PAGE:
Abstract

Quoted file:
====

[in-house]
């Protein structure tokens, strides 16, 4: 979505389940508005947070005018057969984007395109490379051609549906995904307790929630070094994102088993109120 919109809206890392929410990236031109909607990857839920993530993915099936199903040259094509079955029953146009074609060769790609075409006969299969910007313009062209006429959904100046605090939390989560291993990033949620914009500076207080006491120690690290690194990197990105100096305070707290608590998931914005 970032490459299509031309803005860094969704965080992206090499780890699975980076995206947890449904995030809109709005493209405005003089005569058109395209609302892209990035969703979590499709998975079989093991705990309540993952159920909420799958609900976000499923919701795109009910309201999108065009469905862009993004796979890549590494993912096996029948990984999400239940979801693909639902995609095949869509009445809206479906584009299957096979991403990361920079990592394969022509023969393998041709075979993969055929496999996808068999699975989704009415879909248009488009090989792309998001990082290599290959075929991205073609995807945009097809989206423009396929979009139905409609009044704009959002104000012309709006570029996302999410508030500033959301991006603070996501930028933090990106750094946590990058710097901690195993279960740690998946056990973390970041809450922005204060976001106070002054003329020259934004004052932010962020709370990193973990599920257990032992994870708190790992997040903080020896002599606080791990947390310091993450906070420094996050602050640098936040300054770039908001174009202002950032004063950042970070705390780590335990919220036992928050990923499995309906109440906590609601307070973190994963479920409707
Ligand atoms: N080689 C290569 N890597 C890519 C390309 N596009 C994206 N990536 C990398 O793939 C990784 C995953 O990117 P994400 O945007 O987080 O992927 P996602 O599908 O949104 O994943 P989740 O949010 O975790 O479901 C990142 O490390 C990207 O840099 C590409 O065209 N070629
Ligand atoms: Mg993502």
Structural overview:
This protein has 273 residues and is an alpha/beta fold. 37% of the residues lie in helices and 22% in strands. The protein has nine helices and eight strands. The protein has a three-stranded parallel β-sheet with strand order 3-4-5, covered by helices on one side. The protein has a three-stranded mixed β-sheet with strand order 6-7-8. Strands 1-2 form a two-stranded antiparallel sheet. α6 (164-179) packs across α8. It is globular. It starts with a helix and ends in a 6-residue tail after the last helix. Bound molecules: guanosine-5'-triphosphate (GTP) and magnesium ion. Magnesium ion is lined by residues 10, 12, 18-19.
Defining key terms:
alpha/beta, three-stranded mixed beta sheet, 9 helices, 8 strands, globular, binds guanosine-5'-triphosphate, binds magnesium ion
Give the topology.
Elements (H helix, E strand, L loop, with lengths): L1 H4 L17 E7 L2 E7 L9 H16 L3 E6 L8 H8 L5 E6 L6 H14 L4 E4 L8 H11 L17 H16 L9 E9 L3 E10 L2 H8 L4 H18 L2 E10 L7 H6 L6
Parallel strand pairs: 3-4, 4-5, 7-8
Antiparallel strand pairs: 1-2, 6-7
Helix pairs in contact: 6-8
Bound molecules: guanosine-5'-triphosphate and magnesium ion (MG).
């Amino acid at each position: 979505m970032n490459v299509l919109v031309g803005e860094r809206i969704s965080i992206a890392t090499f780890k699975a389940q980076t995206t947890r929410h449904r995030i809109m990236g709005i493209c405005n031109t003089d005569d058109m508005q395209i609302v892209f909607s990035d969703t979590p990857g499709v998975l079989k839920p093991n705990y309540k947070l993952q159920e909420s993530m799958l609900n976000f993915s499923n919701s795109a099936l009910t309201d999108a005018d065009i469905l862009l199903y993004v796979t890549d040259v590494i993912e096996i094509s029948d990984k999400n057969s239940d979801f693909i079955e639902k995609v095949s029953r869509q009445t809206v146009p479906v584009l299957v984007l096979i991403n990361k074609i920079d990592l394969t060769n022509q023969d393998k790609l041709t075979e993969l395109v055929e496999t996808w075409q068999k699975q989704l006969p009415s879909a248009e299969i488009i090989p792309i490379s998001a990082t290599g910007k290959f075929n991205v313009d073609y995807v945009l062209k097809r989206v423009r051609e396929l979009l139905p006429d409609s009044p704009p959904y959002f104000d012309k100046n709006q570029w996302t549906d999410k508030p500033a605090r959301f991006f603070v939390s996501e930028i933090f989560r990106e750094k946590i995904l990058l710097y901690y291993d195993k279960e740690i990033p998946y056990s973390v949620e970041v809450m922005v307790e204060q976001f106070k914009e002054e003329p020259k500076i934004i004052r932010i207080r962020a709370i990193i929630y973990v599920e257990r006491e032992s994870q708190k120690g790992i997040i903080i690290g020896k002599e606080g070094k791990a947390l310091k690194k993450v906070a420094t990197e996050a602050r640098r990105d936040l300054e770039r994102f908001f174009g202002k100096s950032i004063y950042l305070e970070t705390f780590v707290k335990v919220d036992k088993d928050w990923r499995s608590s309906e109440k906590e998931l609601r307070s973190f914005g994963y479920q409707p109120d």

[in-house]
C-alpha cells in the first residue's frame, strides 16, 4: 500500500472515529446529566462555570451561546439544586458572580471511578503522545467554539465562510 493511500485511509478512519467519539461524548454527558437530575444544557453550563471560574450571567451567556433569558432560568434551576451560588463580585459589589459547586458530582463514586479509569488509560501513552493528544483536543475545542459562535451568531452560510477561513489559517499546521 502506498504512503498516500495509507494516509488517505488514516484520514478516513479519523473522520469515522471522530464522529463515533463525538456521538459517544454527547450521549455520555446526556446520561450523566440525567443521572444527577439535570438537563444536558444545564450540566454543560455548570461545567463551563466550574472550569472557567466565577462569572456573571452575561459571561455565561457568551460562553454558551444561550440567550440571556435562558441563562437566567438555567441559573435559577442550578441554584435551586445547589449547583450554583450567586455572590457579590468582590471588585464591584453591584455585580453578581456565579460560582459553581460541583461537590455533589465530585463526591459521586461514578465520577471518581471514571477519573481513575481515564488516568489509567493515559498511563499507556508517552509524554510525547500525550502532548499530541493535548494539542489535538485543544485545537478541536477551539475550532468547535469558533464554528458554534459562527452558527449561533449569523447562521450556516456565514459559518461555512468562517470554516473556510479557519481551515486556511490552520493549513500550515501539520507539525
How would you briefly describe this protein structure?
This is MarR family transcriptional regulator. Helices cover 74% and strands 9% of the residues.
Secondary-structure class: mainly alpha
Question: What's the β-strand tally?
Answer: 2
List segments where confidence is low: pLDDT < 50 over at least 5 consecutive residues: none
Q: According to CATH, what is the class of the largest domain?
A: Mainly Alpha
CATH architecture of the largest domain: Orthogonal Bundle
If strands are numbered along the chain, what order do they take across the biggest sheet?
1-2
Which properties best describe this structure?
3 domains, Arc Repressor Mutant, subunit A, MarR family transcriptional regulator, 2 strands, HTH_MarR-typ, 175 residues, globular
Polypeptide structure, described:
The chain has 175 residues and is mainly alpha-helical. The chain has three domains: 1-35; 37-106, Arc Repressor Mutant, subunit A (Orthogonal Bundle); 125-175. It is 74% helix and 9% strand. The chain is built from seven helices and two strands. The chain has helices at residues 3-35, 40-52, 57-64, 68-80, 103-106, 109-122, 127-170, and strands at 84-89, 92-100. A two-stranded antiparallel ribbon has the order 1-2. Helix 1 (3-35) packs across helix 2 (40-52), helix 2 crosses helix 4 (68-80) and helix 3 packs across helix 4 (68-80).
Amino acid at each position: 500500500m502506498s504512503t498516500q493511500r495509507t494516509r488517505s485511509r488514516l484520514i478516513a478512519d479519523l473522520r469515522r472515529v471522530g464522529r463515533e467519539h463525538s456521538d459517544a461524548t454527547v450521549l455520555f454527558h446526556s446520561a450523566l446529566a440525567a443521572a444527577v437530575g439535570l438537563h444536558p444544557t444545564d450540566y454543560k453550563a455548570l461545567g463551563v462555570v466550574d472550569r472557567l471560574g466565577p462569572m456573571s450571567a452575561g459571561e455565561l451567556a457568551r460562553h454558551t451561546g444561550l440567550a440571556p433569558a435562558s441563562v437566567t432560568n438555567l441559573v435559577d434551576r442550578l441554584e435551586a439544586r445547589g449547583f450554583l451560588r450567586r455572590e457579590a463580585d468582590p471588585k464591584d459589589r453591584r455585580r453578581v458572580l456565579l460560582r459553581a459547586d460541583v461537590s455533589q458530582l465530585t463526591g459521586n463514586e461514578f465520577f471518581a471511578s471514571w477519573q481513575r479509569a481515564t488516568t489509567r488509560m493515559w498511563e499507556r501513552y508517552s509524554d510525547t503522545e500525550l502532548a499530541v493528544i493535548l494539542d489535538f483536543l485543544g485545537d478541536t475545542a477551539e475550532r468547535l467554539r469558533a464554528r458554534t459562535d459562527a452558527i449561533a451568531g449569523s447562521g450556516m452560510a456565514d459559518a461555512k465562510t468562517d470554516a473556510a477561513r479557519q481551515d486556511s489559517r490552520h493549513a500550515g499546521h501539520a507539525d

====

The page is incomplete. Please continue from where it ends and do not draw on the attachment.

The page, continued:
For the operability evaluation of an offshore unit, it is usual to adopt specific working limiting criteria dealing with ship motions and accelerations. These criteria given by operators reflect the ability of the vessel (or crew) to accomplish a precise target in an operative scenario with different meteorological conditions. However, an offshore vessel needs also to keep a determined position and heading during working operations. That means designers or operators have to consider criteria associated both with seakeeping and station keeping to evaluate the effective operability of the vessel. Traditionally, early design stage operability analyses do not combine seakeeping and station keeping predictions, which are referring to different working environments. Here, an innovative procedure allows to evaluate the joint operability of an offshore unit, adopting scatter diagrams for local environmental conditions. The method has been applied on a Pipe-Laying vessel, assessing the global operability for different areas of commercial interest.

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